Said Not Said
by Fred Marchant
(GRAYWOLF PRESS 2017)
Release Date: May 2, 2017
Fred Marchant, the author of the poetry collections, The Looking House and Full Moon Boat among other titles, has released a new collection Said Not Said from the Graywolf Press.
As the title asserts Said Not Said – much is said in this life, but there is even more unsaid – so much subtext, so much nuance, so much subtlety, but Marchant does his part to the fill the void with his new book of evocative verse.
Since I have worked at McLean Hospital for over 34 years, and struggled with the “black dogs” of depression myself, I was drawn to the poems of Marchant’s late sister, a woman who suffered from mental illness. In his poem The Unacceptable, Marchant focuses on her strange cough, and how something as banal as this spurt of air, can signal the turmoil within. Marchant captures this beautifully. I have noticed the abnormalities, the tics, the repetitive body movements, that infest the psychiatric ward. This rings so true:
How do you write about a cough?
How to hint at the sound of it?
A cough that was odd, not from a cold, or something else you catch.
I think now it was the sound of what was eating away my sister’s mind.
I first heard it at our grandfather’s funeral Mass.
I was seven and thought she should just quit it, stop bothering me, and
Body Body is a brutally honest poem about facing our aging bodies, and ourselves. I am sure every man or woman over age 60 can look at themselves and wonder about all the baggage, both physically and mentally they have acquired over the years. I could imagine a modern day Falstaff, in a more sober moment, perhaps waking at 3AM in a cold sweat – during his dark night of the soul – speak similar words. Marchant speaks to his carcass:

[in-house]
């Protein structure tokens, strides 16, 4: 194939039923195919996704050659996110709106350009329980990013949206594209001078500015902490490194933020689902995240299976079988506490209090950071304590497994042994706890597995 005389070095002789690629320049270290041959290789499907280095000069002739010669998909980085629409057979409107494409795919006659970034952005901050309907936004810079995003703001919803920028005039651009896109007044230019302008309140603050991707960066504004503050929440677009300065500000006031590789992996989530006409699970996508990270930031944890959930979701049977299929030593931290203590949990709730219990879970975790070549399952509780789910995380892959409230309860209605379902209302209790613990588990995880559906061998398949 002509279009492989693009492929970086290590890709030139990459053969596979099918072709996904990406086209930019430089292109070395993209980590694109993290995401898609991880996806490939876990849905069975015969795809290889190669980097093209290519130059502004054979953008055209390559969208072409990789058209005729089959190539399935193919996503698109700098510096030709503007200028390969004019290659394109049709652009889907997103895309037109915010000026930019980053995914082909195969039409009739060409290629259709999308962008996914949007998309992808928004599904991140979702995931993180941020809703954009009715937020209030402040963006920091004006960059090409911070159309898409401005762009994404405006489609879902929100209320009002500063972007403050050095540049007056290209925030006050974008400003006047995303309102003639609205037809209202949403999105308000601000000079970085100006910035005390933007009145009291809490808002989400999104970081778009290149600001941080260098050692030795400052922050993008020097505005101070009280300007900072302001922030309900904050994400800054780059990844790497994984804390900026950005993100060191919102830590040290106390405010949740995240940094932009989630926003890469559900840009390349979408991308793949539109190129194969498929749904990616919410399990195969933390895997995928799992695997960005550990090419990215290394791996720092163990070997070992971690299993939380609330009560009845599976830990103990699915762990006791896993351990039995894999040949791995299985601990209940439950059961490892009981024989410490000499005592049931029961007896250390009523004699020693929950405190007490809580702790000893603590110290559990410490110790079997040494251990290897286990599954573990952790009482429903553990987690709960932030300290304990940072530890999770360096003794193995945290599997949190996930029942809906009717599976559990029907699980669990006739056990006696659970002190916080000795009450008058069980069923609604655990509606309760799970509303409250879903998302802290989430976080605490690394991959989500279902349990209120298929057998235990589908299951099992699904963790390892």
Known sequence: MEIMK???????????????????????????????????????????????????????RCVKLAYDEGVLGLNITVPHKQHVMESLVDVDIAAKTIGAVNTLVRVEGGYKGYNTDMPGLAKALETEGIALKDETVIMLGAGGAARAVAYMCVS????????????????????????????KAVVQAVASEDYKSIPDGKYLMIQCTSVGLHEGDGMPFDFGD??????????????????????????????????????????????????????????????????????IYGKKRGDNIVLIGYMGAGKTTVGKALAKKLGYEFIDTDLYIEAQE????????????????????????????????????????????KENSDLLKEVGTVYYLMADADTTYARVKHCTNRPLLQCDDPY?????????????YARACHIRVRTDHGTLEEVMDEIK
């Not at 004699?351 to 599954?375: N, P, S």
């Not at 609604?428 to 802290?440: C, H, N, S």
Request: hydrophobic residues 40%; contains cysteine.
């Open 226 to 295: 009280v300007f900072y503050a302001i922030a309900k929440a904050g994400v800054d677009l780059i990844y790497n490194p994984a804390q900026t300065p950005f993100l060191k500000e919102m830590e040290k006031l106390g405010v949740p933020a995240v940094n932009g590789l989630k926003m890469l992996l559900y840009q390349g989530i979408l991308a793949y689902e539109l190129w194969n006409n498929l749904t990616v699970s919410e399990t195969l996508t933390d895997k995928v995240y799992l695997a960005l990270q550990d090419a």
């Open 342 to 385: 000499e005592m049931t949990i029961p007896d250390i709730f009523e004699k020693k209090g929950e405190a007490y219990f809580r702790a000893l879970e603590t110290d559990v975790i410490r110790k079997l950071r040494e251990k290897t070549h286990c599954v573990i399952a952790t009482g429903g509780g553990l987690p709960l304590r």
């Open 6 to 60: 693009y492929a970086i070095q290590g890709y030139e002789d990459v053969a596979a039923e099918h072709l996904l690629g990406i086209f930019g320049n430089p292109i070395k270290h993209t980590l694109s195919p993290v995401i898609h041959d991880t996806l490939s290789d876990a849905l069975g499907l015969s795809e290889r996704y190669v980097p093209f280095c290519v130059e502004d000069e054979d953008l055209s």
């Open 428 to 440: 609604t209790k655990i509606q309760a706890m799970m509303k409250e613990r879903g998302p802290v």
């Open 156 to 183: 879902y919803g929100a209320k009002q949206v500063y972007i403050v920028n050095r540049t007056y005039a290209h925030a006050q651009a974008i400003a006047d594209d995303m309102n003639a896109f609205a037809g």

“old trading buddy, fat winter sleeping bag I carry with me
into my dreams, you my ne’er do well pardner on a mule
crossing the desert, old guy who keeps asking for a swig,
who soaks the sheets with worry, turns on me regularly,
remains hard to fathom, easy to ignore, impossible to trust,
years since we met, when first I cut in, and asked for a kiss.”
And one must not forget that Marchant is a translator as well, and in this translation The Peach – well, nothing is lost in translation. Marchant, who co-translated this Vietnamese poem, renders a peach, half-eaten by a bat, as a wonderful metaphor of the close habitation of sorrow and happiness. A peach is never just a peach in Marchant’s and the poet Vo Que’s closely observed world.
This just a mere sample of Marchant’s work in this collection. He also writes wonderfully about Vietnam, the Middle East, olive trees, and the sufferings in the lives of people. David Ferry, noted translator and poet said of Marchant’s work “… the noble generosity of feeling that has characterized his work, (is) here more impressively than before.”
Amen. Highly Recommended.